I specifically want to focus on soil and water quality. I see a chain of change that starts with these elements. If these are healthier then agriculture can be more productive, then malnutrition decreases and income increases. With less malnutrition there are also less secondary effects like getting randomly sick with other things all the time. If kids get less ear infections and colds then they can spend more time in school and have more energy for being kids. And that can only do good things for employment. Hopefully from there, people would be able to read the bible together. Communities could afford to employ more medical staff.
Someone I know has quite a lot of knowledge about causes of poverty and how tackle it. She very wisely invests in education. And I agree that education is vital to escaping poverty in developing countries and vital to escaping ignorance every where else. But I speculate that a child could receive the best schooling in the world but it won’t help much if she dies of starvation before teenager-hood. Teaching is a very noble thing and I encourage more people to pursue it, and to invest in it. But personally, I feel I can be more helpful if I go play in the mud. Which is where the Environmental Science comes in.
To start with it looks like mud. But it’s so much more complex than that. Let me just rant for a paragraph or so. You’ve got chemicals, elements, compounds and nutrients huddling around aluminosilicates. There’s a whole array of micro-organisms which I have yet to learn about. But they can determine how available plant food is to the plants. They take dead stuff and turn it into stuff that can make life! Then you’ve got physical parameters like grain size and soil wetness. This determines how much water can get into the soil, dissolve the nutrients and take them up to the plants. Acidity and salinity are super easy to measure and diagnose and make a huge difference to the health of crops. And don’t even get me started on water. I’ve been studying for two years and I know that there’s exponentially more to learn. I can’t wait.
This blog is not a place for personal details so to the casual observer that should be sufficient. To those who do know me, you may appreciate the subtle word play.
My aim with this blog is for people who I already know to learn a little more about what I do in a general sense. To this end, I shan’t include names or faces. If it all works as intended then readers will be lead to ask more specific questions to me in person, over Facebook, or even in comments at the end of the post.
Now that that’s cleared up, let me tell you some general background information about who I am and why I do what I do. This is aimed at family I only see at Christmas, friends I used to see often but now only rarely, and the dear friends who I get so I excited to see I skip over some important details.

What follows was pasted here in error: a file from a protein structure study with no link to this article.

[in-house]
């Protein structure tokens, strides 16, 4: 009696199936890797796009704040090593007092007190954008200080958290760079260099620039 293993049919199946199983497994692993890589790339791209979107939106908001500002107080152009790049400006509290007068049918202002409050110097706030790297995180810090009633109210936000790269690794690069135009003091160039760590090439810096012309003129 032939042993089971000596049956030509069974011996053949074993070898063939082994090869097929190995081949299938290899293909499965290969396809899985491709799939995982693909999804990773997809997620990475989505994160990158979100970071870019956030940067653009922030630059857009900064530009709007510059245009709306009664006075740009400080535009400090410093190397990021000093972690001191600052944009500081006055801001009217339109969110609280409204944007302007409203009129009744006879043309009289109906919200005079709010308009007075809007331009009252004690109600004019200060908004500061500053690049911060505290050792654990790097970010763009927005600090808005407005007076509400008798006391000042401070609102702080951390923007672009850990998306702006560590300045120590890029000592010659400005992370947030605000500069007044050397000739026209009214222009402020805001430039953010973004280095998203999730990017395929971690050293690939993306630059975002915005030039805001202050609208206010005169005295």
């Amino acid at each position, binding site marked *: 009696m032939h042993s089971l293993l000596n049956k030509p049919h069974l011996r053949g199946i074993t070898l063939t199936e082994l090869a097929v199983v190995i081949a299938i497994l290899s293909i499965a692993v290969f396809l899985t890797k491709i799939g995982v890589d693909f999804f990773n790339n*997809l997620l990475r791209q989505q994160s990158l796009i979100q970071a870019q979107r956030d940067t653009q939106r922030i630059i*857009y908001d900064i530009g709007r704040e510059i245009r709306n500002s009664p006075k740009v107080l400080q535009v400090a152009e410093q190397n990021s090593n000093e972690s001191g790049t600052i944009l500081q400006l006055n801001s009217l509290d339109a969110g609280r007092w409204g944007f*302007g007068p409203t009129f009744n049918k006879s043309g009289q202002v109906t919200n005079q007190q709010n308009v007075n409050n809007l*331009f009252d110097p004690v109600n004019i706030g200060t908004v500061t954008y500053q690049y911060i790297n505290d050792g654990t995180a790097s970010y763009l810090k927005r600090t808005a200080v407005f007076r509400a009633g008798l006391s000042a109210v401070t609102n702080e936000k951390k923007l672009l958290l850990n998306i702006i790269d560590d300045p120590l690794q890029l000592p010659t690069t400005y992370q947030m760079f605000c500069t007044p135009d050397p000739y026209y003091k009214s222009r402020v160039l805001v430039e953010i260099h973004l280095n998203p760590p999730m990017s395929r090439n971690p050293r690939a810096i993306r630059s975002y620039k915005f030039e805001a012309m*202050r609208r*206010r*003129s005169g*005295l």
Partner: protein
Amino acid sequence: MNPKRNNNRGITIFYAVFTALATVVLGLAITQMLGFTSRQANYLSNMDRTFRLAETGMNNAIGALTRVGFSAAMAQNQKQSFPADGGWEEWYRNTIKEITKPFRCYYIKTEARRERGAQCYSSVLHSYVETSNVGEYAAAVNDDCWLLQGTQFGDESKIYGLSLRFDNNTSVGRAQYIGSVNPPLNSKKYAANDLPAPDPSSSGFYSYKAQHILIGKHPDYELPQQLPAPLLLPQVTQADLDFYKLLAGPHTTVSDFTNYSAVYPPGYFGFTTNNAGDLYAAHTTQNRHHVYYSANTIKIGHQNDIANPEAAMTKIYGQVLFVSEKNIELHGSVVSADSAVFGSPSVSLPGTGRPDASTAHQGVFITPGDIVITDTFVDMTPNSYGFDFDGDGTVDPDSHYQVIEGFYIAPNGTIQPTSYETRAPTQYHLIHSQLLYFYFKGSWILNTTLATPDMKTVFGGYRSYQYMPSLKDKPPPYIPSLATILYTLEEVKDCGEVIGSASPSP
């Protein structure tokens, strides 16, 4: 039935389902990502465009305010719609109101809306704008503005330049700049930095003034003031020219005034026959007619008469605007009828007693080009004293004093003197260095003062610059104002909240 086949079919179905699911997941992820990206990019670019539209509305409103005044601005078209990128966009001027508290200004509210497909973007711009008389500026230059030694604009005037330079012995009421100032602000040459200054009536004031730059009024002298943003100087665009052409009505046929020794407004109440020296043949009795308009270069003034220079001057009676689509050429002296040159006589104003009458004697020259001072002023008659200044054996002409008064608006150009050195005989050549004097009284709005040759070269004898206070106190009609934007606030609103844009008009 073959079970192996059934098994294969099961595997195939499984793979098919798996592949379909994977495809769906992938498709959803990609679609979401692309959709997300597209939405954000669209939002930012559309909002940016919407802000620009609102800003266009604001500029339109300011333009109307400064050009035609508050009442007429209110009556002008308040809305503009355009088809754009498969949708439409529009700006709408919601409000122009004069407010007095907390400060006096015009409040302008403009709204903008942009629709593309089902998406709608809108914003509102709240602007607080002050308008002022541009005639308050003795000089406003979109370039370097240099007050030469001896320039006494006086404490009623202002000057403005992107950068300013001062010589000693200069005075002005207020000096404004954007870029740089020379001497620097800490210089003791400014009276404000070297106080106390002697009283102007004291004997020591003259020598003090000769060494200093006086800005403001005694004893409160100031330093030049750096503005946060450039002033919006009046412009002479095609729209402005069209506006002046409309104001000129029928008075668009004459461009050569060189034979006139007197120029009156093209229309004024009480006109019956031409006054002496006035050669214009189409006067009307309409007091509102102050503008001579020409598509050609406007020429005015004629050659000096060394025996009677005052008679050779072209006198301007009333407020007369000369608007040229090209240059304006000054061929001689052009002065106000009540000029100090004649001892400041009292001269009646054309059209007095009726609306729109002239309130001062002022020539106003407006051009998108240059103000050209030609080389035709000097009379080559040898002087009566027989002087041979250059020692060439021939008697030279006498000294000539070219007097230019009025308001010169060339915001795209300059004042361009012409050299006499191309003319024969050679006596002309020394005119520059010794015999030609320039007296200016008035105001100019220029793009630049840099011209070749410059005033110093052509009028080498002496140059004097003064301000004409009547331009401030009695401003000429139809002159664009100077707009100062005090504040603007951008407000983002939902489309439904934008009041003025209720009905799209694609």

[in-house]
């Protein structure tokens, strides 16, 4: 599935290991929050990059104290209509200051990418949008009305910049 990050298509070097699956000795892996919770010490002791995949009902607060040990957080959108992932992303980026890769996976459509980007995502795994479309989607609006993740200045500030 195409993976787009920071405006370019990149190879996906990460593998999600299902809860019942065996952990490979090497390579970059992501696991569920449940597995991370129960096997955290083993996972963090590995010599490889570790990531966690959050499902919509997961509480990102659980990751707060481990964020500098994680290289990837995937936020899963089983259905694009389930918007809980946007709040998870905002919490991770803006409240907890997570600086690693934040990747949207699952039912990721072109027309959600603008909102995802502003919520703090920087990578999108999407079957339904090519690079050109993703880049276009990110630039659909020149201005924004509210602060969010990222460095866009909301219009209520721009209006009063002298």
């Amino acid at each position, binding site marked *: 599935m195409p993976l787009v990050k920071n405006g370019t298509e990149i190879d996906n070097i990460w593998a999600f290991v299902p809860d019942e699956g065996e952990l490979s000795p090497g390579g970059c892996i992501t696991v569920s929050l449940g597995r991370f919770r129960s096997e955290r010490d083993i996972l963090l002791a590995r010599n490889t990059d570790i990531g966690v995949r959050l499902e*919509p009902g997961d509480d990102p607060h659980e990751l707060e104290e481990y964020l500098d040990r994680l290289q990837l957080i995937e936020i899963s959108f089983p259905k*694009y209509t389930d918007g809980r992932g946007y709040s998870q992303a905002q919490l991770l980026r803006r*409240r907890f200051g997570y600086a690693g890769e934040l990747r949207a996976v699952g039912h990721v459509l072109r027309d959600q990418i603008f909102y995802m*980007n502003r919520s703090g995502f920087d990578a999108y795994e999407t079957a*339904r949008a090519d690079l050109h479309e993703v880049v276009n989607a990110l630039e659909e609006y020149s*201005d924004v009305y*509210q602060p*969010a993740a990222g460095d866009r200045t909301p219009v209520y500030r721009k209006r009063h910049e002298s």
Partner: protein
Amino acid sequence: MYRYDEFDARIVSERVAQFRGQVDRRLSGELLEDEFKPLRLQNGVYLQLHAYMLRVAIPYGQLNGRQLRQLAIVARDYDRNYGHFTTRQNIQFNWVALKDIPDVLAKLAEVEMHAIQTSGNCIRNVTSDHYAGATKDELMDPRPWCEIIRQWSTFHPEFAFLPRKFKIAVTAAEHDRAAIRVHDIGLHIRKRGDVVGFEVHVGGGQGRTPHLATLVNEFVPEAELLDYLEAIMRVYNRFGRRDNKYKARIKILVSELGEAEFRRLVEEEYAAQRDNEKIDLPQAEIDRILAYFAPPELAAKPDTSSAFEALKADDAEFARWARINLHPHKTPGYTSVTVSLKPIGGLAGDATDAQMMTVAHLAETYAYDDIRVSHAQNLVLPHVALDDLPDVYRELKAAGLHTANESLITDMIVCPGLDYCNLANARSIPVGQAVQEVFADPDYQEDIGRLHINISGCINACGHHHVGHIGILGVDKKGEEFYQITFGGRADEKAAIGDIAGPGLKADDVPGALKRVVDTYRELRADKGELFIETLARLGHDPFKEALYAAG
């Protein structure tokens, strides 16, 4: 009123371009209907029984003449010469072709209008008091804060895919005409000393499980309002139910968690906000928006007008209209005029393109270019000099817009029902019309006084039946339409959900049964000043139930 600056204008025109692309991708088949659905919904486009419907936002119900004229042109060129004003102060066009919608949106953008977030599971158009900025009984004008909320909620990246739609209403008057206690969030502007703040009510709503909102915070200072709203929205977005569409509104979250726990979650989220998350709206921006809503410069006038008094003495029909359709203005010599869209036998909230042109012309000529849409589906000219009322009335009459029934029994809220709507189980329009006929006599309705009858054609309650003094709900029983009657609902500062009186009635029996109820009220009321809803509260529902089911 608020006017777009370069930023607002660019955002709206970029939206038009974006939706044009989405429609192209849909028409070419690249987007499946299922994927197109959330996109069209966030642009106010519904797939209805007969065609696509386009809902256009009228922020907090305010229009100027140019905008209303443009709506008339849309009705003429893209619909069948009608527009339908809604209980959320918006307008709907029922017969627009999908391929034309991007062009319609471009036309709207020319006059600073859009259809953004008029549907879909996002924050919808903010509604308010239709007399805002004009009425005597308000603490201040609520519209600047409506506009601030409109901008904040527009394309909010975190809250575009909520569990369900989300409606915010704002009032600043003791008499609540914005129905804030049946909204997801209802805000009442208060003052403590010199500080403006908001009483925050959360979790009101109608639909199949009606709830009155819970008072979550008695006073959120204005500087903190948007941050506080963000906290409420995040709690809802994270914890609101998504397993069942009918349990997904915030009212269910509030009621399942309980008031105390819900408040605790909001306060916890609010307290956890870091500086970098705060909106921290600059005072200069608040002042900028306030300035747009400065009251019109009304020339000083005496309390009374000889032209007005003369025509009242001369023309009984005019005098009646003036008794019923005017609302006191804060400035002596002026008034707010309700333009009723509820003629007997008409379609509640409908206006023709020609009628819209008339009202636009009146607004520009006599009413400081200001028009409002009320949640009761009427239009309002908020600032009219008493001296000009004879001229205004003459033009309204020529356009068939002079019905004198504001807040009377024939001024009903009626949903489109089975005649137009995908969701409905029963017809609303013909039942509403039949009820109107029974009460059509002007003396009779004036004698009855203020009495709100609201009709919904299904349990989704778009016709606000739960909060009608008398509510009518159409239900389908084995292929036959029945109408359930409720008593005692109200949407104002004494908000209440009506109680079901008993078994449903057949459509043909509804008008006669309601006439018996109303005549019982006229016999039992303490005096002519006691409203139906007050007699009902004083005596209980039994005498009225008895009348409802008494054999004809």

I’m studying a Bachelor of Science, specialising in Environmental Science and I’ve just finished second year. I’ve been interested in the environment generally for as long as I can remember and by the end of primary school I knew I liked science. High school brought the opportunity to participate in World Vision’s 40hr Famine. But I am not one to do anything by halves so I ended up running the World Vision club at my high school. I learned more about what poverty is and a seed was planted that grew into passion for aid. As high school crept to a close a few things became clear. World Vision claims a Christian tag line but doesn’t see it through to bringing the life saving message to the field. I felt called by God to bring His Word to the nations through developmental aid. This is just what I’ve found and I’m happy to be proved wrong if you know of contrary evidence.
Depending on who you interpret “I” to mean there, the title could be asking why the author is here writing or why you are here reading. Either way, this post will answer the question.
I am going on a trip to South Africa mid January and I want to be able to share my experiences with you. There are a whole lot of people I want to keep in contact with and tell about my adventures but you either live too far away or we’re too busy having other adventures to talk about ones past. Hopefully I’ll be able to keep this going into the future beyond the trip I have planned but for now shall we just talk about South Africa? Ok.
Where to start? Details about the trip? Alright, I’ll be leaving mid January and returning a month later. The first two weeks will be volunteering in a rural village on a community development project focusing mostly on schools. This is the main point of the trip but considering how many moneys go into air fares I figure it’s worth having some fun while I’m there. So the other two weeks will be “Adventure Tour”. Then a couple of days at the end staying with a friend who lives in South Africa now. The whole thing is organised by the International Student Volunteers (ISV) and I can also get academic credit towards my course. Fun fun.
But yes, why am I writing this as a blog? I’m not a huge sharer on facebook plus I just don’t feel like that is the place to write big long chunks of text. In this medium here I already feel like I’m writing an introduction to a novel. It’s not a novel, but it is a narrative and not just a snapshot of what I do in passing.